The impetus of growth behind maxon is mainly from the innovative precision DC motors and drives with high efficiency as well as the matching electronics for controlling complex motion sequences. The company produces in Sachseln/CH, Sexau/GER, Veszprém/HU, Cheonan/South Korea, and soon at its new factory in Taunton near Boston/USA. In addition to the sites above, R&D facilities are also located in China, France, and the Netherlands.

Growth in all markets worldwide

The biggest market in Europe is Germany, followed by Switzerland and the UK. Italy and the Iberian peninsula also grew markedly. After some years of stagnation, a strong growth has also picked up in the US. In Asia, maxon achieved new records in Japan, South Korea and Taiwan. In China, maxon has seen double-digit growth over the past years. “The revenue increase by 100 million over four years has posed a great challenge to us as a company in regard to quality and service. Owing to our highly trained employees, we have been able to master this challenge successfully,” says majority shareholder Karl-Walter Braun.

20 + new products released in 2017 alone

One in seven maxon employees works in research and development. As a result of these steadily expanding capabilities, maxon launched more than 20 new electric motors, gearheads, encoders and controllers in the past year. In aerospace, the motors work at temperatures as low as -130°C, while ESA’s Mercury Planetary Orbiter space probe has to withstand temperatures of more than 350°C on its flight toward the sun. In 2020, high-performance maxon motors will be used in two rover missions by ESA and NASA, after having run for more than 15 years in the hostile Mars environment despite a scheduled service life of only a few weeks.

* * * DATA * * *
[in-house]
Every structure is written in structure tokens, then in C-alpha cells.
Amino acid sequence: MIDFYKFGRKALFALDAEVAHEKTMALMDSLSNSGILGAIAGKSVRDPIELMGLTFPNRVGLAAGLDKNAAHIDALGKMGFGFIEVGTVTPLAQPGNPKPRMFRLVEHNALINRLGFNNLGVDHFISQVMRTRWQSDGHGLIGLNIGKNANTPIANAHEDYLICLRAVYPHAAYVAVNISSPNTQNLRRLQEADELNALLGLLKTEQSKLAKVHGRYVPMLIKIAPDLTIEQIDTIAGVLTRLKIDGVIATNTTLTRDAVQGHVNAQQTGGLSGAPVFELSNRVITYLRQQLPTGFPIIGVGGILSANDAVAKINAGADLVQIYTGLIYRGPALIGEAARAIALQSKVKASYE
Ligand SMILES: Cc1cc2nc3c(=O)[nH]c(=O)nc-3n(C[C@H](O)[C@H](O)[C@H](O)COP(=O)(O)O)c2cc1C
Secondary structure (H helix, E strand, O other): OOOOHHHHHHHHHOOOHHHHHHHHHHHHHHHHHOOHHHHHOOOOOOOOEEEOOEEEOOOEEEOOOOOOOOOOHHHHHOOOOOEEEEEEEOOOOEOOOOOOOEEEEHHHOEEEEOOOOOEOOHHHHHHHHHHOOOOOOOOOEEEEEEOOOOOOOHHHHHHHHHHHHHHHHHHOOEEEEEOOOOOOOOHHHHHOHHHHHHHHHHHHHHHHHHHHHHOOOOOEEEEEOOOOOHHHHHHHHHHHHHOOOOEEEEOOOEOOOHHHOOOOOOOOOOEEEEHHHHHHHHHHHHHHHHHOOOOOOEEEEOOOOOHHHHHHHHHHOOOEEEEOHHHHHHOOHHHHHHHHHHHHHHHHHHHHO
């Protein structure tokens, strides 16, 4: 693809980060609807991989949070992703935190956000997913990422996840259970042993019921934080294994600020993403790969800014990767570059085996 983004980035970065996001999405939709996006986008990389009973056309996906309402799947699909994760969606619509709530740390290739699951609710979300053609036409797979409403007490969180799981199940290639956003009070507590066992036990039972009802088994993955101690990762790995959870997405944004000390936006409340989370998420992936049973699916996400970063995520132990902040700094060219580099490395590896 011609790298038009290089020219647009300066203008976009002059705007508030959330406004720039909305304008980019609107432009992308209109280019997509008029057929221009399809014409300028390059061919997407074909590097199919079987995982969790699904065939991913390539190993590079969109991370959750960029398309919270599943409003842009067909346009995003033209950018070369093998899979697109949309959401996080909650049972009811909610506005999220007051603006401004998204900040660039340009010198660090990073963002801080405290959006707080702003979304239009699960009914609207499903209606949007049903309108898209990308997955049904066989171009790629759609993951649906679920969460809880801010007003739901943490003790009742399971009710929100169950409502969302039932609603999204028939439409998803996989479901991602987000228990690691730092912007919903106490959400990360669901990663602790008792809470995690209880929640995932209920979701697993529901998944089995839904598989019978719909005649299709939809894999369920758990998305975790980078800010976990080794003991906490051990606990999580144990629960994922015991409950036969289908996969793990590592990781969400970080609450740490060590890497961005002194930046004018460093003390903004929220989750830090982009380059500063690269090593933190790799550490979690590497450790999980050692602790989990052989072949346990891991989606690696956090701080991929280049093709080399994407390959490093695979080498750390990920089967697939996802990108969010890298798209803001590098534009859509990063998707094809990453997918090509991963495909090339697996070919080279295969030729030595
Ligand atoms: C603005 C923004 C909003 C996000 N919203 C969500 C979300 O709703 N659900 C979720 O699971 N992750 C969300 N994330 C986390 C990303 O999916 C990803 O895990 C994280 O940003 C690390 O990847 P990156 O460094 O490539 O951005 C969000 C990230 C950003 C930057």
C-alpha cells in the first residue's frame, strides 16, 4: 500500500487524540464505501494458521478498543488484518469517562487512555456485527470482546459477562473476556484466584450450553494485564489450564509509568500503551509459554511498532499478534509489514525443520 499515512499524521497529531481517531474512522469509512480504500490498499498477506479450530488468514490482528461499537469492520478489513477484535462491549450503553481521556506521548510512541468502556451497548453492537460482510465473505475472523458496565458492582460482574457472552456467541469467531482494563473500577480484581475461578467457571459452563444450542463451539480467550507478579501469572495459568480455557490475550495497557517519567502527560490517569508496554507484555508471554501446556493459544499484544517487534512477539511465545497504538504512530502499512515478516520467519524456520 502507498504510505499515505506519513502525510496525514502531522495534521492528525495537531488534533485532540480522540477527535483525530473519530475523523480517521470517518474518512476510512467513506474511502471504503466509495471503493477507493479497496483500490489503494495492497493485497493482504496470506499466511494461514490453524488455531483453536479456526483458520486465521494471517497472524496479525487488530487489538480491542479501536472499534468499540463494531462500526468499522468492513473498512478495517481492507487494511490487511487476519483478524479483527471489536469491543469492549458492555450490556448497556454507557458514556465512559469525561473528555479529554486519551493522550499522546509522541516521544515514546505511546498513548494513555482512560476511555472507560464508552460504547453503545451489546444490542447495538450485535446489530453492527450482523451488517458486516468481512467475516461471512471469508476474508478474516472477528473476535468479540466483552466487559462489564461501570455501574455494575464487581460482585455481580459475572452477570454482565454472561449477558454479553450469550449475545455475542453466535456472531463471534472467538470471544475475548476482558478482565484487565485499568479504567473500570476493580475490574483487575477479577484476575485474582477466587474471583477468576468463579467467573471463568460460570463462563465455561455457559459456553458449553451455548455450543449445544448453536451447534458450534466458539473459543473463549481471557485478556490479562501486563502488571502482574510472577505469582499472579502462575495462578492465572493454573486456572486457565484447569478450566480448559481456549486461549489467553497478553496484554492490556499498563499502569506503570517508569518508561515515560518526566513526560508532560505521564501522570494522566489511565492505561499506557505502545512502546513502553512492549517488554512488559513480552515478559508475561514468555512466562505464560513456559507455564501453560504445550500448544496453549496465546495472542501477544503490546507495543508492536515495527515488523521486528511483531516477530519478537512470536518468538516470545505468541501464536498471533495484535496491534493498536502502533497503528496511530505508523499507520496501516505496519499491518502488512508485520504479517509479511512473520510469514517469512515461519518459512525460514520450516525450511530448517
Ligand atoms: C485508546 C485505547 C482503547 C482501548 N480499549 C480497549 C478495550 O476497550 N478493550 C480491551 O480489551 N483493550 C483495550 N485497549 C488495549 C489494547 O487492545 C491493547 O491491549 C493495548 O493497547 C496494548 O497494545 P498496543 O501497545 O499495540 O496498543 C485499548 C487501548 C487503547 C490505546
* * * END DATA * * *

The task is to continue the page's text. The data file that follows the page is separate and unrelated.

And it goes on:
“Our ‘Mission 2020’ strategy for growth, which we launched years ago with the goal of achieving forward integration of drive systems, is showing some initial success,” says Eugen Elmiger, CEO of maxon motor group. “For example, we’ve been able to secure a large order for pump systems to reduce nitrous gas emissions in Diesel cars in the highly competitive automotive market. We also drove forward the development of complete surgical power tools, as well as micro-pump systems used in minimal invasive cardiac surgery.” Eugen Elmiger also expects healthy growth for the user-friendly and efficient high-performance multi-axis controllers made by zub, a company acquired by maxon last year.

Looking ahead: a strong start

The first months of the new year were characterised by strong growth across the group. Pending orders and revenues exceed the figures of the previous year. Due to the overall economic development, the company expects growth to slow down somewhat in the second half of the year. “We will approach further expansion with the necessary caution,” says Karl-Walter Braun.

For further information please contact maxon motor Australia tel. +61 2 9457 7477.

Design considerations for an exoskeleton for children

Developing Exoskeletons for children present their own engineering challenges simply because children are still growing.